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From Wikipedia, the free encyclopedia
Fort Resolution (Deninu Kue[pronunciation?] "moose island") is a hamlet in the South Slave Region of the Northwest Territories, Canada. The community is situated at the mouth of the Slave River, on the shore of Great Slave Lake, and at the end of Fort Resolution Highway (Highway 6).
It is the oldest documented community in the Northwest Territories, and was a key link in the fur trade's water route north. Fort Resolution is designated as a National Historic Site of Canada as the oldest continuously occupied place in the Northwest Territories with origins in the fur trade and the principal fur trade post on Great Slave Lake.
Fort Resolution features "Deninoo School", offering schooling for children K-12. The town also has a hockey arena, community hall, nursing station, Royal Canadian Mounted Police, bed and breakfast, a 'Northern' general store with a "Quick-Stop" convenience store and two gas stations. A small airport, Fort Resolution Airport, services charter and medivac flights only. The oldest building in town is the historic Roman Catholic Church, built in the early 19th century. A second, Protestant, church offers an alternative worship option. The beach along Great Slave Lake is a prime spot for summer swimming, bird watching or relaxing. Local people engage in fishing, hunting, and trapping year-round.
The nearby site of Pine Point was once a thriving lead mine. When the value of lead plummeted in the 1980s, the Pine Point Mine closed, and the township was evacuated. Pine Point houses were sold cheaply, and many of the buildings were then moved to Fort Resolution (including the hockey arena), Hay River and Northern Alberta.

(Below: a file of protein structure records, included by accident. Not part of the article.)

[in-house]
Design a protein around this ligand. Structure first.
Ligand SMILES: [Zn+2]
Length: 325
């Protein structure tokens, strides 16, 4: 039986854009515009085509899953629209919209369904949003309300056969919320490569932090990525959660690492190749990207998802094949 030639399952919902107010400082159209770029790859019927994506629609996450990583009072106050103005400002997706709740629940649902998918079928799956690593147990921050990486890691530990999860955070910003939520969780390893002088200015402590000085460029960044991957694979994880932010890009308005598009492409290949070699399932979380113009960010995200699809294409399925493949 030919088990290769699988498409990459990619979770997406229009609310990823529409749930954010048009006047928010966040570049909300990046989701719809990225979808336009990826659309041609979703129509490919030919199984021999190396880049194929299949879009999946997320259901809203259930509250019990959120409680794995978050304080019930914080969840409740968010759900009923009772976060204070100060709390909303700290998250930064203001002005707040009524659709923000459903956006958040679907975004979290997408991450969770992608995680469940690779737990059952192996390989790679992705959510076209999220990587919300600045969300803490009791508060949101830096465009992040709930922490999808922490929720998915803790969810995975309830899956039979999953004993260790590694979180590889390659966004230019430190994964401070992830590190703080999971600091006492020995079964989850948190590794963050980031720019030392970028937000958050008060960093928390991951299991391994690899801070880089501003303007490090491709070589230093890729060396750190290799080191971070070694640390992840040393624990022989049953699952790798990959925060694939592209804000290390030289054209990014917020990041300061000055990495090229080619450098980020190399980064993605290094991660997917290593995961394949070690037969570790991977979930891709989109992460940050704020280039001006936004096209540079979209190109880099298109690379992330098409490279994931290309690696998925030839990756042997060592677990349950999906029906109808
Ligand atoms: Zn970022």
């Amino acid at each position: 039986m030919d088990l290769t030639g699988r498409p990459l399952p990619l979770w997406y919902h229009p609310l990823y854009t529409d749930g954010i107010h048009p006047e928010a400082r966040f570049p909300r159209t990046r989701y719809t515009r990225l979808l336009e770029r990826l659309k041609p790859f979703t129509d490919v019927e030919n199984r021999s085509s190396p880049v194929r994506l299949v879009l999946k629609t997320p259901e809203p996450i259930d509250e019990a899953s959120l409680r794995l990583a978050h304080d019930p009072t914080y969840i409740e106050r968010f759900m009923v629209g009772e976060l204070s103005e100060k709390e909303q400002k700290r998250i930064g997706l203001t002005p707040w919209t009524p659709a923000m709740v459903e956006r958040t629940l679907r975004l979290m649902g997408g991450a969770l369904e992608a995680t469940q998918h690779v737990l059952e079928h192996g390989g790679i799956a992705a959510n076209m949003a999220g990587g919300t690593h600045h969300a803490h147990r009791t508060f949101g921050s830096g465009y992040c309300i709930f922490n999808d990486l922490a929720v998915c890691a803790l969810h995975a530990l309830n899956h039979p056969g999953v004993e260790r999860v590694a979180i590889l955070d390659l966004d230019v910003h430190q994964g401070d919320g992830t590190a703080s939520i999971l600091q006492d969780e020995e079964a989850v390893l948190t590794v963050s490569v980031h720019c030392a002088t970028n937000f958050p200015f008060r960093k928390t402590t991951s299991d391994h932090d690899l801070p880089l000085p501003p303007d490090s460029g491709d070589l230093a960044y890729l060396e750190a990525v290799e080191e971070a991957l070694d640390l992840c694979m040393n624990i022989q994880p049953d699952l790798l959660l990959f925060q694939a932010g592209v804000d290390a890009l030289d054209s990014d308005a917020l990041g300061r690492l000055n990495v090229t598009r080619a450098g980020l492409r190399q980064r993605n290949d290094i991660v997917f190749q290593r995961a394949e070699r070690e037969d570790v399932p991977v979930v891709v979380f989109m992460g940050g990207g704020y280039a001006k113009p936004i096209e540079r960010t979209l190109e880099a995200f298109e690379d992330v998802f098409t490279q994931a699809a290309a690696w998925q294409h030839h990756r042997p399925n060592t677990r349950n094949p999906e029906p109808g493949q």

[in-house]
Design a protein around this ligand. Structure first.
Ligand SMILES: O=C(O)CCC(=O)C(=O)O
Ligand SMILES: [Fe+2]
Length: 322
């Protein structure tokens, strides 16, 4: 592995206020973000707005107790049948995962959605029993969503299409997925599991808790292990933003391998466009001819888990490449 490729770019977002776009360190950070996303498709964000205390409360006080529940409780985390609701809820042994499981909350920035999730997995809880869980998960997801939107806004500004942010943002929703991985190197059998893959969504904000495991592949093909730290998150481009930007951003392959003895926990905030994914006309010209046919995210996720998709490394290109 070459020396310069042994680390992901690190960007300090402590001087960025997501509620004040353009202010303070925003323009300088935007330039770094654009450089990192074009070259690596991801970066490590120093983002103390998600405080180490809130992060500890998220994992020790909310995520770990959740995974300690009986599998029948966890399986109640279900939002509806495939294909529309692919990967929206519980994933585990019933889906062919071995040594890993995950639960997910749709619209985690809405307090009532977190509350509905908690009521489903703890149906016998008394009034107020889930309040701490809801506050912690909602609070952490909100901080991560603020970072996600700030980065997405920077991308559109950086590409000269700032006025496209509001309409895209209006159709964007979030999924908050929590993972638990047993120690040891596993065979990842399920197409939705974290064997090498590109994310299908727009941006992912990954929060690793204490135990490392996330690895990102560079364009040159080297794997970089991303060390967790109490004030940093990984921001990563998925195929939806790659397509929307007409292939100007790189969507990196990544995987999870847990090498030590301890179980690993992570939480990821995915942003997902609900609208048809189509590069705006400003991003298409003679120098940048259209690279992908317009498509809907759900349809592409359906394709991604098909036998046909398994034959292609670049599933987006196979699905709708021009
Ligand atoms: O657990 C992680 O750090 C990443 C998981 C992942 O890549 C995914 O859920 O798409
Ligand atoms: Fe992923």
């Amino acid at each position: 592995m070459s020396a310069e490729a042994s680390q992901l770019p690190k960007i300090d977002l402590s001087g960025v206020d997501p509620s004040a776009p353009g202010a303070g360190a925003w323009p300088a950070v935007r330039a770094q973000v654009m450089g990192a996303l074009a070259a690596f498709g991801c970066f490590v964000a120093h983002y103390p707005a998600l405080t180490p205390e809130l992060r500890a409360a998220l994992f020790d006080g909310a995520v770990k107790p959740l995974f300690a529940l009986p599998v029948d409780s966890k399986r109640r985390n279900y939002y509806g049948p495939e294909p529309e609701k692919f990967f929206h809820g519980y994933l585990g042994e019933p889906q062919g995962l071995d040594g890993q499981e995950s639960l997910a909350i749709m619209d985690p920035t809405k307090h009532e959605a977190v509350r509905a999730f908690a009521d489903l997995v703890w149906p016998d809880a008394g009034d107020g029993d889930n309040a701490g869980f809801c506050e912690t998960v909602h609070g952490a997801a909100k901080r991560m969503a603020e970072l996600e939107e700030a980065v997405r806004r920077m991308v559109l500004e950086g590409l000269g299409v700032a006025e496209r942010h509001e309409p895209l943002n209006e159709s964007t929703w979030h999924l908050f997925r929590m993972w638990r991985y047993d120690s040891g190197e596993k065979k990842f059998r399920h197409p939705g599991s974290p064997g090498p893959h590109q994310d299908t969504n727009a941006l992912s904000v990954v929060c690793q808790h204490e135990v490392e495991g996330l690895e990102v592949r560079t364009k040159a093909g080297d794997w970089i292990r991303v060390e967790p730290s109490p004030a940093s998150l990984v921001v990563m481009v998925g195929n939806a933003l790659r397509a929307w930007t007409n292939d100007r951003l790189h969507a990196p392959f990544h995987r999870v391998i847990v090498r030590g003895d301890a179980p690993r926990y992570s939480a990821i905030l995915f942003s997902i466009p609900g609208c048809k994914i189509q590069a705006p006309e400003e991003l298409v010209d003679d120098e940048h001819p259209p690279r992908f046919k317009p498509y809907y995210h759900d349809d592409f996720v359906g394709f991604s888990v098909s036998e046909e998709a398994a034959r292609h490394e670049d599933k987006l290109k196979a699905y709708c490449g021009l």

"Deninoo Days" in late August celebrate the beginning of moose hunting season with parades, traditional races, games and talent competitions. Recreational opportunities include camping, canoeing and fishing (self-guided, or available through several outfitters). "Little Buffalo River Crossing" is a nearby territorial park, with historical and natural attractions, accessible by road and featuring a campground with 12 sites.
Population is 474 according to the 2011 Census, a decrease of 2.1% from 2006. In the 2006 Census there were 484 people and 450 were listed as Aboriginal. The majority of townspeople are of Dene or Métis descent but there were some Inuit. The predominant languages are English, Chipewyan and Michif. In 2012 the Government of the Northwest Territories reported that the population was 497 with an average yearly growth rate of -1.3% from 2001.
Coordinates: 61°10′18″N 113°40′18″W
Territory Northwest Territories
Region South Slave Region
Constituency Tu Nedhe
Census division Region 5
Hamlet 5 January 2011
• Mayor Garry Bailey
• Senior Administrative Officer Tausia Kaitu-Lal
• MLA Tom Beaulieu
• Land 455.22 km2 (175.76 sq mi)
Elevation 160 m (520 ft)
• Total 474
• Density 1.0/km2 (3/sq mi)
Time zone Mountain (MST) (UTC-7)
• Summer (DST) MDT (UTC-6)
Canadian Postal code X0E 0M0
Area code(s) 867
Telephone exchange 394
- Living cost 142.5A
- Food price index 125.8B